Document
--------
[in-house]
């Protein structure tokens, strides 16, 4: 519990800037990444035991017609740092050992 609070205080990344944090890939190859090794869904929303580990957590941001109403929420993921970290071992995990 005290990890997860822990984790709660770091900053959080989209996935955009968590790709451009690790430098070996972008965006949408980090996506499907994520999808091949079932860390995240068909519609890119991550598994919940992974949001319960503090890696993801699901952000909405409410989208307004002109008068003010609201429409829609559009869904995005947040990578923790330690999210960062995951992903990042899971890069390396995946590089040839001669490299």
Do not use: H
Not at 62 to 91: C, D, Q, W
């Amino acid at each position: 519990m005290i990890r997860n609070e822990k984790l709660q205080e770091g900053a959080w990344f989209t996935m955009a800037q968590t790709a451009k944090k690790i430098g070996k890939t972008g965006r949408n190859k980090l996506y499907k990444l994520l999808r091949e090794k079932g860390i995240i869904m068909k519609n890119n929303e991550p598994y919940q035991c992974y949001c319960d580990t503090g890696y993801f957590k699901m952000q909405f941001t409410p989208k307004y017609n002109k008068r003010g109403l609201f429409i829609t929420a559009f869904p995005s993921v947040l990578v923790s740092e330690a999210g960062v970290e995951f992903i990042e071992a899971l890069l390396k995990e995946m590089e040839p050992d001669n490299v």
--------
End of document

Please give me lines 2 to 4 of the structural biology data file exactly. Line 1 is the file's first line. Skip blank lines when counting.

């Protein structure tokens, strides 16, 4: 519990800037990444035991017609740092050992 609070205080990344944090890939190859090794869904929303580990957590941001109403929420993921970290071992995990 005290990890997860822990984790709660770091900053959080989209996935955009968590790709451009690790430098070996972008965006949408980090996506499907994520999808091949079932860390995240068909519609890119991550598994919940992974949001319960503090890696993801699901952000909405409410989208307004002109008068003010609201429409829609559009869904995005947040990578923790330690999210960062995951992903990042899971890069390396995946590089040839001669490299």
Do not use: H
Not at 62 to 91: C, D, Q, W